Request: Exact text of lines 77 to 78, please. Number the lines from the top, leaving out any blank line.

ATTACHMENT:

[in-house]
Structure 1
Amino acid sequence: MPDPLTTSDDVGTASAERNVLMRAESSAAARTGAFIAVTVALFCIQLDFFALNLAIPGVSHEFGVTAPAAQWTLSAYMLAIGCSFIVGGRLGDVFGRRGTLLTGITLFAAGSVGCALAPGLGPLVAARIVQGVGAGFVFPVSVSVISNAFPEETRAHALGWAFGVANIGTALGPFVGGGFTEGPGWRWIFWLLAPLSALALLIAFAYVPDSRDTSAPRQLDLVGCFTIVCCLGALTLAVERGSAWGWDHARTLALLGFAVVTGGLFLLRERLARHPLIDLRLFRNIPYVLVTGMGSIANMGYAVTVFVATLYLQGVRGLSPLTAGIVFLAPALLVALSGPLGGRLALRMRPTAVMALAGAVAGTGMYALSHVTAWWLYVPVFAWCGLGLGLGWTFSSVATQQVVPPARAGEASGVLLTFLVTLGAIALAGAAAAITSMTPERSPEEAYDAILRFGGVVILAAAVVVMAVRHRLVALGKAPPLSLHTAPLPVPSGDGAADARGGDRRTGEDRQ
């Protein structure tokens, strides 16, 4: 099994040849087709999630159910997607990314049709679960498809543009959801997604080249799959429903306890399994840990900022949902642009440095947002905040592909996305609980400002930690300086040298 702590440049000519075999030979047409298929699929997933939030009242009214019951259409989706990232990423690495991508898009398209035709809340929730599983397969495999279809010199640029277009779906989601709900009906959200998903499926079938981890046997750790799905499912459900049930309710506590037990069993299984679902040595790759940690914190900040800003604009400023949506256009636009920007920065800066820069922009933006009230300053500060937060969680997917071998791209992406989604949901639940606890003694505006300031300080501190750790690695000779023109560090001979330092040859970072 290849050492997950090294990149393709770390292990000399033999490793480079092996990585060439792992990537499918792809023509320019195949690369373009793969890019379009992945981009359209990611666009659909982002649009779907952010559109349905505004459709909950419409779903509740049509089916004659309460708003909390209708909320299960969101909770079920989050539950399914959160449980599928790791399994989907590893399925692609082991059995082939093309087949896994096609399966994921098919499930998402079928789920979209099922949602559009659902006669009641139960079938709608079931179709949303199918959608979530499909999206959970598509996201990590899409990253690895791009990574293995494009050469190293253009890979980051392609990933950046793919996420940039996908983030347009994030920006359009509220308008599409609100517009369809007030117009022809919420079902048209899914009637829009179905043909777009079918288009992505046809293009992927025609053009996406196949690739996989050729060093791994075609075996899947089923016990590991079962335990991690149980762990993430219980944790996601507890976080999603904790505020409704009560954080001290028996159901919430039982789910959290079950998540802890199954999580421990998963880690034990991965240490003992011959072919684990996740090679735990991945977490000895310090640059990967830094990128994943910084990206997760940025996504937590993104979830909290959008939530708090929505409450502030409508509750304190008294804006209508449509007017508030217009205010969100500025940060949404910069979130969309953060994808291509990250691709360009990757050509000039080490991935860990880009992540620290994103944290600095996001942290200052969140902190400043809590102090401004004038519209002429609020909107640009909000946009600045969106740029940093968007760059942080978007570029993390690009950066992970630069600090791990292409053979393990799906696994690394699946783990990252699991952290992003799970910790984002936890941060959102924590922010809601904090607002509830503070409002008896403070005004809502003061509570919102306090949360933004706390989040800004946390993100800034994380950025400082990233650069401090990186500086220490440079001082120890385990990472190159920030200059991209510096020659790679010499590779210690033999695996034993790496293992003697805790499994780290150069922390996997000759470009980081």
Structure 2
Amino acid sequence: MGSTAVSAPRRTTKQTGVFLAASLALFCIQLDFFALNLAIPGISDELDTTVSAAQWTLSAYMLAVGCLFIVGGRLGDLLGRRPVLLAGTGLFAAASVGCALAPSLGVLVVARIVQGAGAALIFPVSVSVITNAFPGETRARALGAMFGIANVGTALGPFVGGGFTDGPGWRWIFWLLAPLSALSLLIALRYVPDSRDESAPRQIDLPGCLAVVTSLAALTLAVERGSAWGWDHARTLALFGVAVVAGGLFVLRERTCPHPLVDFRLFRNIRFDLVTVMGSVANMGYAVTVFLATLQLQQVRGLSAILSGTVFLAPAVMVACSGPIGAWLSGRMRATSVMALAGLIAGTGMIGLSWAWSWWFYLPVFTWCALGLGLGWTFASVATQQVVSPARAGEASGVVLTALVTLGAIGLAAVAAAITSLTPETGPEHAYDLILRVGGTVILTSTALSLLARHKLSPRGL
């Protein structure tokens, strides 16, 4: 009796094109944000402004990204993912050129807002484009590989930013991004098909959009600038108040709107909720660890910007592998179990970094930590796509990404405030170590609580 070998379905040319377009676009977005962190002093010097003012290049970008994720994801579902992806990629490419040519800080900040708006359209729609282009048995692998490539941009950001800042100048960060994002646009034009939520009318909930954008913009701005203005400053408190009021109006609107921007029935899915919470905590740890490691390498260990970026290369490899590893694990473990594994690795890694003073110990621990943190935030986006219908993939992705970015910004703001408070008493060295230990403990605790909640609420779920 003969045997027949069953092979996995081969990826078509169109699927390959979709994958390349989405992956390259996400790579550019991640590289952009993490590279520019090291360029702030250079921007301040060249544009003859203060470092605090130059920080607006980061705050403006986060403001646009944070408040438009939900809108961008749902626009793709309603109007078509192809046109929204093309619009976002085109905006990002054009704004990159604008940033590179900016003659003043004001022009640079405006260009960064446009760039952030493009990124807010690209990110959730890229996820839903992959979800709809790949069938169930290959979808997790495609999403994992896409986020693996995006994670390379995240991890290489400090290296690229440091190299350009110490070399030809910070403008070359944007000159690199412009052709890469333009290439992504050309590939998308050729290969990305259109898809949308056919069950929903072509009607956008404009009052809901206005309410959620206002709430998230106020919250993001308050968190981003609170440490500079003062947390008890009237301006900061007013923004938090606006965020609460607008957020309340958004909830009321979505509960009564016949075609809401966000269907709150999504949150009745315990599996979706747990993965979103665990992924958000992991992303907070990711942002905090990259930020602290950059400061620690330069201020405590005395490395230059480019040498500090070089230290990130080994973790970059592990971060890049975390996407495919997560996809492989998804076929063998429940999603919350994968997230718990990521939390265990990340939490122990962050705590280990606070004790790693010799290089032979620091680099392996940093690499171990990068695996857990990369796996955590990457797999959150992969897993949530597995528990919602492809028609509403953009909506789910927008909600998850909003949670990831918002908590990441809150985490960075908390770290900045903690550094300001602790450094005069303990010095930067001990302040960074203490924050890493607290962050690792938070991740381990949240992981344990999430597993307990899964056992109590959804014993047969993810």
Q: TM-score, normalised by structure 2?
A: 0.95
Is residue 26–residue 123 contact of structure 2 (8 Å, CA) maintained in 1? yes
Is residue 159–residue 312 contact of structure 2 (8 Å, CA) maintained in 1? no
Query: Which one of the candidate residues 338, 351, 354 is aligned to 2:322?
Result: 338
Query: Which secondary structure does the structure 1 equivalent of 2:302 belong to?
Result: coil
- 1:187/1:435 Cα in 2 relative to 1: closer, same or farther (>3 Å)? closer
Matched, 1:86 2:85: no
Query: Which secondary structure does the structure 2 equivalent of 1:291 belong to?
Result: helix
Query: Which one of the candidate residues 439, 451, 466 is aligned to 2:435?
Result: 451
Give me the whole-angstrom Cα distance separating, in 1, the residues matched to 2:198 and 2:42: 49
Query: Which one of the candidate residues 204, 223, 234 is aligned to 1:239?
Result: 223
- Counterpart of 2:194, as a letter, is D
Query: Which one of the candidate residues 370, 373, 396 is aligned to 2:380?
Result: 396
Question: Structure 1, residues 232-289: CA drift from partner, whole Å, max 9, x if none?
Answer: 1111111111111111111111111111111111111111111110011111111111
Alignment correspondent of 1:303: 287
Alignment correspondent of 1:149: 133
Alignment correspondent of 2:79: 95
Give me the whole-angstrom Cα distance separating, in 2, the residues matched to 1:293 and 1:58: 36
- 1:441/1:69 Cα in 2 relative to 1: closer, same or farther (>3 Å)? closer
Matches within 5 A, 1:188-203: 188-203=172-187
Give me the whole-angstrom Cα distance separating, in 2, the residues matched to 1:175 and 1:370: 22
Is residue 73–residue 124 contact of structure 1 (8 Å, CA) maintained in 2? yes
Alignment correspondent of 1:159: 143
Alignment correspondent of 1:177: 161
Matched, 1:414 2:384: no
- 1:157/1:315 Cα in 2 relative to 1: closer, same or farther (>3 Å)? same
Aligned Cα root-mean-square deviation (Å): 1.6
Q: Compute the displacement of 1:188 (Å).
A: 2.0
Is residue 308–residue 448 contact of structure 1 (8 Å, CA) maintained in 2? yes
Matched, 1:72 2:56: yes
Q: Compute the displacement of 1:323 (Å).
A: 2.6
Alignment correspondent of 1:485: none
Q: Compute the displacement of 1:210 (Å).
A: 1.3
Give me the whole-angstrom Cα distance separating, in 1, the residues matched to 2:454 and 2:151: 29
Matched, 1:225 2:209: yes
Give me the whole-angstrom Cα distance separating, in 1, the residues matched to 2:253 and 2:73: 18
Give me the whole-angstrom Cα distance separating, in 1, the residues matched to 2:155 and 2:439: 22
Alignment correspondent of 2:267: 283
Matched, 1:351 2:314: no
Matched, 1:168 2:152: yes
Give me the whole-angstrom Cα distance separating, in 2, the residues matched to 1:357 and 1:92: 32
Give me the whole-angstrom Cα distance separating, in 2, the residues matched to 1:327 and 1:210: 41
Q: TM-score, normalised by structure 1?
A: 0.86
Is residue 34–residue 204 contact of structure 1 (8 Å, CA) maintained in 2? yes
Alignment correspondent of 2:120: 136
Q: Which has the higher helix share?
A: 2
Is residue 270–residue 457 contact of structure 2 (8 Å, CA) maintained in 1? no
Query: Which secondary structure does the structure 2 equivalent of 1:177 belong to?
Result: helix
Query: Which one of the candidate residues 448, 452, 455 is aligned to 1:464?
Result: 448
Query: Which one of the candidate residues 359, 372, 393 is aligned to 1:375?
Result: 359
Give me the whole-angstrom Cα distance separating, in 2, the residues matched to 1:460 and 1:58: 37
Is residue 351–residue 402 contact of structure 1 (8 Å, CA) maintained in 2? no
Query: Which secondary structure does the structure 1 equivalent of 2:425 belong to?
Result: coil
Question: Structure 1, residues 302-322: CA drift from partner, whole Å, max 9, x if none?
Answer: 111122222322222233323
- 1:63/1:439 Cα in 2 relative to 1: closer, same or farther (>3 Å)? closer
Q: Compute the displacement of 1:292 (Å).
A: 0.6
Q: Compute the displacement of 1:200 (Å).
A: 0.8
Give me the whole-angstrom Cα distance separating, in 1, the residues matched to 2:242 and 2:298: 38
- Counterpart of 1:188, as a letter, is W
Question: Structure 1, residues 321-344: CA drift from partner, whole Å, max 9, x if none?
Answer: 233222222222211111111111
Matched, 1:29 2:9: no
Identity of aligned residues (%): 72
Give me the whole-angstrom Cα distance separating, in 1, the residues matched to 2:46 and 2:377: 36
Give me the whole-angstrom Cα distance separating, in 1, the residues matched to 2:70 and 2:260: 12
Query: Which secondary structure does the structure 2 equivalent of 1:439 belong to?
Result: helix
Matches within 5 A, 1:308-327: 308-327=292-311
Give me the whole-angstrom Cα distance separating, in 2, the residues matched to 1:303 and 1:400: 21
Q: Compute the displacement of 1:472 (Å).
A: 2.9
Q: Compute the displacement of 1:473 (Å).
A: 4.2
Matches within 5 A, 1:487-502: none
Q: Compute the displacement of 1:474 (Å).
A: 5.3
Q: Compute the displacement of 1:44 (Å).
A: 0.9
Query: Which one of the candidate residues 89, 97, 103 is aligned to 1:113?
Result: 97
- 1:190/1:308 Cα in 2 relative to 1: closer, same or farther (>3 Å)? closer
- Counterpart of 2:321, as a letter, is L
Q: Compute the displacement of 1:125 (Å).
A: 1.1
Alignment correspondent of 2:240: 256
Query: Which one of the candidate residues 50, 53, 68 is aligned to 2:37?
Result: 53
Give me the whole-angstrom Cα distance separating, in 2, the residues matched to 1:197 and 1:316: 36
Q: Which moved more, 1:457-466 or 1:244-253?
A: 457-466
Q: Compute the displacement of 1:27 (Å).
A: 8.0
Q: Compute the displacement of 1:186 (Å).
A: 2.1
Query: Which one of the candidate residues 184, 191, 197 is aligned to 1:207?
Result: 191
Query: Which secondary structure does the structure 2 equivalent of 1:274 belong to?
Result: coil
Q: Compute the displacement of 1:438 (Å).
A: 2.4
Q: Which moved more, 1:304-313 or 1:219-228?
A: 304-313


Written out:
Result: coil
Question: Structure 1, residues 302-322: CA drift from partner, whole Å, max 9, x if none?